Director: Jesse Rindner
Running time: 11mins
For a film about college wrestling, Finish on Top is an ironically conflict-averse affair. I’m not sure I want to glibly reinforce the idea that every film needs a struggle in its central narrative for it to be compelling – I’m sure it’s possible to make a great film that’s just about something pleasant, without requiring the subject to face up to some great ordeal to keep us engaged. When that subject is literally a person who is participating in a combat sport, though, it seems counter-intuitive not to talk about some of the obstacles she has faced throughout her life and career.
While the film is very hands-off about presenting her as its main event, Naomi Henry is the de facto protagonist of Finish on Top’s story. She seems to get the most screen time, her bouts are the ones we see most of, while her development under the guidance of coach Barry Hart, who has been with her through high school and university, is the only thread which runs consistently through the narrative.
Some oddly static talking heads see Henry, Hart, and a few other women from New Jersey City University’s wrestling team sitting in the middle of a Greco-Roman wrestling circle. They explain that Henry was originally a soccer player, but took up the sport on the recommendation of a teammate. Indicative of the placid watch that is to come, Henry recalls her initial reaction to becoming a wrestler was a dismissive “really?” It might have been interesting to see why Henry had this reaction because in all likelihood, few viewers are interested in Greco-Roman wrestling either – and finding out why Henry was eventually attracted to the sport in spite of misgivings she might have in common with the audience could have helped them empathise with her, and learn to care about the sport. But director Jesse Rindner does not seem to have nudged her further on the topic – the first of many missed opportunities.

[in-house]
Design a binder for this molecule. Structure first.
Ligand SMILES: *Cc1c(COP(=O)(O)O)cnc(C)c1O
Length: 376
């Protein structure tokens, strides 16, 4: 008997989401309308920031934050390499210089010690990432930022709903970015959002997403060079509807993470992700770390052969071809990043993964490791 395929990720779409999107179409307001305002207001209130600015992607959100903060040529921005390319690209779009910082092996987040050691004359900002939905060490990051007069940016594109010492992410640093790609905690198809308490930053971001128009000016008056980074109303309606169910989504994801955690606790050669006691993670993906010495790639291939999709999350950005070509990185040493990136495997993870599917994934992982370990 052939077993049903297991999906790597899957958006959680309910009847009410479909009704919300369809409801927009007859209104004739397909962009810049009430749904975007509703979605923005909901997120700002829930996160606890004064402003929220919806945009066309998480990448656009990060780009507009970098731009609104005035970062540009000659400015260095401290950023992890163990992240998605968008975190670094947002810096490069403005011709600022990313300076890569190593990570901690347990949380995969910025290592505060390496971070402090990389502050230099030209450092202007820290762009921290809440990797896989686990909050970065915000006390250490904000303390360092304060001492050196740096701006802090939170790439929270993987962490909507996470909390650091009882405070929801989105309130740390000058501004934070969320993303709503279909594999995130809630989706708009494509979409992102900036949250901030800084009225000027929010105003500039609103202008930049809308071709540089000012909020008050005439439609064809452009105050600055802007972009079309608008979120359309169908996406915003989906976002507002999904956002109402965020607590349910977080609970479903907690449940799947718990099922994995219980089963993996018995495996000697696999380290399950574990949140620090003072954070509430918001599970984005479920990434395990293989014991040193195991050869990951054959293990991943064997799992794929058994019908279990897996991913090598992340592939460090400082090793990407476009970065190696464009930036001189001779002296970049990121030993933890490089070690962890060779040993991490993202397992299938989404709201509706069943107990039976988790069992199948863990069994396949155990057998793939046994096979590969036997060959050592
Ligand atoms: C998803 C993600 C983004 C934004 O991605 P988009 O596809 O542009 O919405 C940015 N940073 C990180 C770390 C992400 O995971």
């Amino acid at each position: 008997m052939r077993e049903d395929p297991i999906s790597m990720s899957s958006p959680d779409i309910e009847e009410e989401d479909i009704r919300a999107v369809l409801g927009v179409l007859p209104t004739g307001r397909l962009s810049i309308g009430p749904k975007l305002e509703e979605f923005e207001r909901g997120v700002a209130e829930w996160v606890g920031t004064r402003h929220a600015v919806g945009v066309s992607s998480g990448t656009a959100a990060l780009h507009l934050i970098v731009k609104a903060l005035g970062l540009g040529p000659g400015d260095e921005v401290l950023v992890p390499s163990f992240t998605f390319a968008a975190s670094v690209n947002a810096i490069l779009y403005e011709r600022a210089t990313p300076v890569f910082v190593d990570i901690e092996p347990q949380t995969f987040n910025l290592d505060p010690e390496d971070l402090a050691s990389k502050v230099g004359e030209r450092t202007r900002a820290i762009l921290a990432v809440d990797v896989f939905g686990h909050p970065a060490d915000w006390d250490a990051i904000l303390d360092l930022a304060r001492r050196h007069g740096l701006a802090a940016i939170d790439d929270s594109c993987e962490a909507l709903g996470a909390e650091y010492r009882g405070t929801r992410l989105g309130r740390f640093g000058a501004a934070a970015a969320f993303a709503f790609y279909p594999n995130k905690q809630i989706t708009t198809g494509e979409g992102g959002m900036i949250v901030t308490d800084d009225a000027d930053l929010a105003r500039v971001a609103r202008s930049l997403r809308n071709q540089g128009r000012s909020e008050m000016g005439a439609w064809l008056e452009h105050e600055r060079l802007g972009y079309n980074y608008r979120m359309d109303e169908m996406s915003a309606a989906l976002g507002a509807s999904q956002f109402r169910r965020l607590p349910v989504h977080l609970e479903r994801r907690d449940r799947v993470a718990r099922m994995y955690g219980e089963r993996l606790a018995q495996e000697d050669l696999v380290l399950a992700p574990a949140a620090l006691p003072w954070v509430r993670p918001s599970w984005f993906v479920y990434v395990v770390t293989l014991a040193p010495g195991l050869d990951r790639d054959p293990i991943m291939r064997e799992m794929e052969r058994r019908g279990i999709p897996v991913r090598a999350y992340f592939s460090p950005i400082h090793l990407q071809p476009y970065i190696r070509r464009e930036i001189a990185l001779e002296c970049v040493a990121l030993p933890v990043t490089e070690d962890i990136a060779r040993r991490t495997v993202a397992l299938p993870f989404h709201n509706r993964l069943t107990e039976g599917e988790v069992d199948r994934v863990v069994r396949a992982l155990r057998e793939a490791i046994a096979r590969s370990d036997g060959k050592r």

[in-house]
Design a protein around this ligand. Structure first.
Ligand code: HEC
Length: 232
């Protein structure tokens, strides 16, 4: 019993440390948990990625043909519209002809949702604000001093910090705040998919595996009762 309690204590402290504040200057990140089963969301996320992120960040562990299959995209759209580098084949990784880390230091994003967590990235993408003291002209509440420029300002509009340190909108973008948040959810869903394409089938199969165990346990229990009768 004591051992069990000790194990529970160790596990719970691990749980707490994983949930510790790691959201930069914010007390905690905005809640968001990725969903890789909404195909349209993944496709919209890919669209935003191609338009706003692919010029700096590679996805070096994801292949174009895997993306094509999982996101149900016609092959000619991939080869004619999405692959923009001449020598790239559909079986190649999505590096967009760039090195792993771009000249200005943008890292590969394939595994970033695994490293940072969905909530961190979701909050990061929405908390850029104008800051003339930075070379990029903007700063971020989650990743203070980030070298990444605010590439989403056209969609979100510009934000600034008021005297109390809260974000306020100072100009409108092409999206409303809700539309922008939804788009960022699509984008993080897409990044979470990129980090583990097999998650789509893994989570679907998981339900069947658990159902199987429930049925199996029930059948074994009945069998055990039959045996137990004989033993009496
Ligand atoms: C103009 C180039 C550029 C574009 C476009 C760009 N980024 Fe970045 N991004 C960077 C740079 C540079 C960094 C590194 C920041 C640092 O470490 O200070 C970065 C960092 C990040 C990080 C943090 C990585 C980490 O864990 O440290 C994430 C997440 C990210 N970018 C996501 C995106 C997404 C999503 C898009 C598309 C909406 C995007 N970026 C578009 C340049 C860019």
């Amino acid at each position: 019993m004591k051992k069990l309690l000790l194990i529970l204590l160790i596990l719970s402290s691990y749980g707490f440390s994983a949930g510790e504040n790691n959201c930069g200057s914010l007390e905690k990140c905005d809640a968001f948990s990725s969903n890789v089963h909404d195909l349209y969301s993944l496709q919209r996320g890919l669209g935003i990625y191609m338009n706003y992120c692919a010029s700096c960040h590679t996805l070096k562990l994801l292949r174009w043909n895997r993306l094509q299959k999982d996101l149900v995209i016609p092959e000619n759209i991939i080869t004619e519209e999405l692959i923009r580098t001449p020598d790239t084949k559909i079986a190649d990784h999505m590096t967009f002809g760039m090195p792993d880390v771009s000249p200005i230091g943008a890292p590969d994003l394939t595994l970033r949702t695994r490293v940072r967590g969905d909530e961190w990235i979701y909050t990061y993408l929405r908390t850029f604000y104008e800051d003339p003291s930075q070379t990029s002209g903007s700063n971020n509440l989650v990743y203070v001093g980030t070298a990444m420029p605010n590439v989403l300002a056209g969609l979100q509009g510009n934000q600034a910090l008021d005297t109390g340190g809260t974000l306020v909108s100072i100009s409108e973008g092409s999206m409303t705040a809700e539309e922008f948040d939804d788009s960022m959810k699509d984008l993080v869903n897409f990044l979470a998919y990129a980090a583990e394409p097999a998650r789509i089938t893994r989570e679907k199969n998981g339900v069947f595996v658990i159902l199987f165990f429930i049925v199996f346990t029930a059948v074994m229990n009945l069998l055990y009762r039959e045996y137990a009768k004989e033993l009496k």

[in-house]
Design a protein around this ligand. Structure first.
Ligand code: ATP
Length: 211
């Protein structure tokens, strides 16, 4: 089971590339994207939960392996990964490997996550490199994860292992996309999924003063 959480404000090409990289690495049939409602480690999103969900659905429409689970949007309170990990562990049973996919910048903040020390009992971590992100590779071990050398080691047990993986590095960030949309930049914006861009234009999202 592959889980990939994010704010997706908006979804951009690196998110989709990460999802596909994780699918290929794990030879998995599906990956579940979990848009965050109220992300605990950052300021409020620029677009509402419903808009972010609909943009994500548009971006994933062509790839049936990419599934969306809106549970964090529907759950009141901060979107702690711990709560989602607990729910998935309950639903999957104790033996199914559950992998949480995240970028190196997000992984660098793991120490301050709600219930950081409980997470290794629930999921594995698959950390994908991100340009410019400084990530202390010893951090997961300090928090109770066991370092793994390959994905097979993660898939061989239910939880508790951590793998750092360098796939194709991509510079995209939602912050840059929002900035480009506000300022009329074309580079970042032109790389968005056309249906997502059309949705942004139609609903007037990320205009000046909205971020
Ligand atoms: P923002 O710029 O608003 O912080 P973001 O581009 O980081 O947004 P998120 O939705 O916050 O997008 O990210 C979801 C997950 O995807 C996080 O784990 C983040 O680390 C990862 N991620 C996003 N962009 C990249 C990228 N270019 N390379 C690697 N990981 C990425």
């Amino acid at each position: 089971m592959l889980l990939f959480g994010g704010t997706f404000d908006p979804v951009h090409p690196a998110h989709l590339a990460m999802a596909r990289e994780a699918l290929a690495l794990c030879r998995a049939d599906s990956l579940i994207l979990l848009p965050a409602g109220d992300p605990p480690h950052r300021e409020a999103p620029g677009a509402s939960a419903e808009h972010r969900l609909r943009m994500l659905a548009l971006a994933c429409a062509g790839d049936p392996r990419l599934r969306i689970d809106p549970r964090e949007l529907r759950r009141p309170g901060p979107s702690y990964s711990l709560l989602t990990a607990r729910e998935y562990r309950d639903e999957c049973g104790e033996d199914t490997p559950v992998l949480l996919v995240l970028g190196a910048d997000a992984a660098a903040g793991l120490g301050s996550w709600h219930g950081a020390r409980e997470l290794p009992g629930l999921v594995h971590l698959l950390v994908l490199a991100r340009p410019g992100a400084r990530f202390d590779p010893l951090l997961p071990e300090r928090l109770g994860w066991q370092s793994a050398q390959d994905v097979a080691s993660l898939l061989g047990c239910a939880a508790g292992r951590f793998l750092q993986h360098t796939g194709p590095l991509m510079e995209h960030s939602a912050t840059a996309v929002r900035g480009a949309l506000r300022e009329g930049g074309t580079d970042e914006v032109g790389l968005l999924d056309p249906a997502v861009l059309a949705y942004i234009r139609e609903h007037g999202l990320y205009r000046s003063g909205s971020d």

Another becomes apparent as Coach Hart makes the admirably candid admission that his sport isn’t the centre of the universe (a level of self-awareness many of the sociopaths who make their way into coaching youth sports could do with). Instead, he suggests that after wrestling he hopes his team will be “set up for success off the mat”. This takes place in the final moments of the film’s footage, though, with the image and sound cutting out abruptly over the team chanting “Jersey City” – almost immediately after he has said his piece. Theoretically, this shouldn’t matter, because the rest of the film should have shown us how the team have taken core skills away from their time as wrestlers, to succeed in adult life – particularly in the case of Naomi Henry. It is a problem though, because this has not manifested in any meaningful way.
Henry has been wrestling for seven years, she is one of the best in the country. But we do not hear much about what she has taken away from that experience as she leaves the sport behind. As she graduates from NJCU, the plan is now to go to law school, she tells us. But it would have been great to hear about how her experiences in wrestling have changed her, made her stronger, and more optimistic when facing adversity.
Most obviously, the first challenge was her getting over her pre-learned assumptions about the sport that first led to her dismissing it. There are also the challenges which come with learning any new skill – and the temporary hurt caused to your self-esteem when you initially suck at it. On top of that, though, there may be other difficulties which it would be useful to hear about. The team do not get scholarships, so how do they balance their passion with their studies and, presumably, a job to pay rent?
Were there social stigmas to overcome? If Rindner could have got Henry to walk through all this in more detail, she might also have primed her for a more definitive link to how these activities have left her stronger mentally, as well as physically. In turn, this would have made more of a case for why the viewer should value wrestling as a pastime, and maybe even why they might give it a go for themselves.
Failing to push for more complex and controversial content means that there is not much to involve us here. The overly-produced interview segments where nobody has anything bad to say mean what could have been impactful shots of team spirit and triumphs over adversity feel more like the sort of stock images of ‘togetherness’ a university would use in its promotional material.
IFL has had other documentaries about women doing incredible things which have also suffered from being a little too positive. Women on a Roll, I Do Matter and Mothertruckers would all have benefitted from presenting a final product that was a little less clean, helping us to empathise more with their subjects by showing a little more of the adversities they had to battle to follow their passions. But Finish on Top takes that to another level. It offers up a watch with all the grit of a college prospectus, which will ultimately struggle to grip viewers.